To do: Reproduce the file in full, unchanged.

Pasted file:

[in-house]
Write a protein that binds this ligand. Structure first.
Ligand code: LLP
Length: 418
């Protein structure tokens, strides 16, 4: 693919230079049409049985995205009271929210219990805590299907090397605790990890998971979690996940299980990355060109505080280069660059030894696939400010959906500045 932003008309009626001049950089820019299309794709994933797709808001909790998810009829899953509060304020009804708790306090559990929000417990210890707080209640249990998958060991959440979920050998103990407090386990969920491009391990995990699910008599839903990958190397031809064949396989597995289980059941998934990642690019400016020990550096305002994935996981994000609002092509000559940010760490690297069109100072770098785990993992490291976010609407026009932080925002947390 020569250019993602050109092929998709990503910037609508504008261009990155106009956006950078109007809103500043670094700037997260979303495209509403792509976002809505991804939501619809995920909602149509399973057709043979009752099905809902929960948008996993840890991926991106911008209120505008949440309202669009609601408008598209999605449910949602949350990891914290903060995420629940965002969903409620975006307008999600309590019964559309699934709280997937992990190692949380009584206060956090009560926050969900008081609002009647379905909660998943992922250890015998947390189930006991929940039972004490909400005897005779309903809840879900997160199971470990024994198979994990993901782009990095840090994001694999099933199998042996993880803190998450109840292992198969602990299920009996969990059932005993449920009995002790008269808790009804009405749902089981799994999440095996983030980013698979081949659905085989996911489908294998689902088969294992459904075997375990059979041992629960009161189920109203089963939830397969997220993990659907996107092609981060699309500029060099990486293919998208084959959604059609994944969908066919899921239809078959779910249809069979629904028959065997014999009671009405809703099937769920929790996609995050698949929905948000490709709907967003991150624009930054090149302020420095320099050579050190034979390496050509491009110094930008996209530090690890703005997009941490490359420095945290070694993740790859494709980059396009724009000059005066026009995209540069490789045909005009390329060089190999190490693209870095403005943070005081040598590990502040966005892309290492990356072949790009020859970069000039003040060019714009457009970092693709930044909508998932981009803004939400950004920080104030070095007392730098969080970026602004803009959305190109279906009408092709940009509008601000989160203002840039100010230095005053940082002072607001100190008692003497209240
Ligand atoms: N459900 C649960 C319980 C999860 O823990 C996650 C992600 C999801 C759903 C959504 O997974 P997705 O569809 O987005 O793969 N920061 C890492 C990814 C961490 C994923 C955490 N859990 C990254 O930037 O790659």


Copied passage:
[in-house]
Write a protein that binds this ligand. Structure first.
Ligand code: LLP
Length: 418
């Protein structure tokens, strides 16, 4: 693919230079049409049985995205009271929210219990805590299907090397605790990890998971979690996940299980990355060109505080280069660059030894696939400010959906500045 932003008309009626001049950089820019299309794709994933797709808001909790998810009829899953509060304020009804708790306090559990929000417990210890707080209640249990998958060991959440979920050998103990407090386990969920491009391990995990699910008599839903990958190397031809064949396989597995289980059941998934990642690019400016020990550096305002994935996981994000609002092509000559940010760490690297069109100072770098785990993992490291976010609407026009932080925002947390 020569250019993602050109092929998709990503910037609508504008261009990155106009956006950078109007809103500043670094700037997260979303495209509403792509976002809505991804939501619809995920909602149509399973057709043979009752099905809902929960948008996993840890991926991106911008209120505008949440309202669009609601408008598209999605449910949602949350990891914290903060995420629940965002969903409620975006307008999600309590019964559309699934709280997937992990190692949380009584206060956090009560926050969900008081609002009647379905909660998943992922250890015998947390189930006991929940039972004490909400005897005779309903809840879900997160199971470990024994198979994990993901782009990095840090994001694999099933199998042996993880803190998450109840292992198969602990299920009996969990059932005993449920009995002790008269808790009804009405749902089981799994999440095996983030980013698979081949659905085989996911489908294998689902088969294992459904075997375990059979041992629960009161189920109203089963939830397969997220993990659907996107092609981060699309500029060099990486293919998208084959959604059609994944969908066919899921239809078959779910249809069979629904028959065997014999009671009405809703099937769920929790996609995050698949929905948000490709709907967003991150624009930054090149302020420095320099050579050190034979390496050509491009110094930008996209530090690890703005997009941490490359420095945290070694993740790859494709980059396009724009000059005066026009995209540069490789045909005009390329060089190999190490693209870095403005943070005081040598590990502040966005892309290492990356072949790009020859970069000039003040060019714009457009970092693709930044909508998932981009803004939400950004920080104030070095007392730098969080970026602004803009959305190109279906009408092709940009509008601000989160203002840039100010230095005053940082002072607001100190008692003497209240
Ligand atoms: N459900 C649960 C319980 C999860 O823990 C996650 C992600 C999801 C759903 C959504 O997974 P997705 O569809 O987005 O793969 N920061 C890492 C990814 C961490 C994923 C955490 N859990 C990254 O930037 O790659």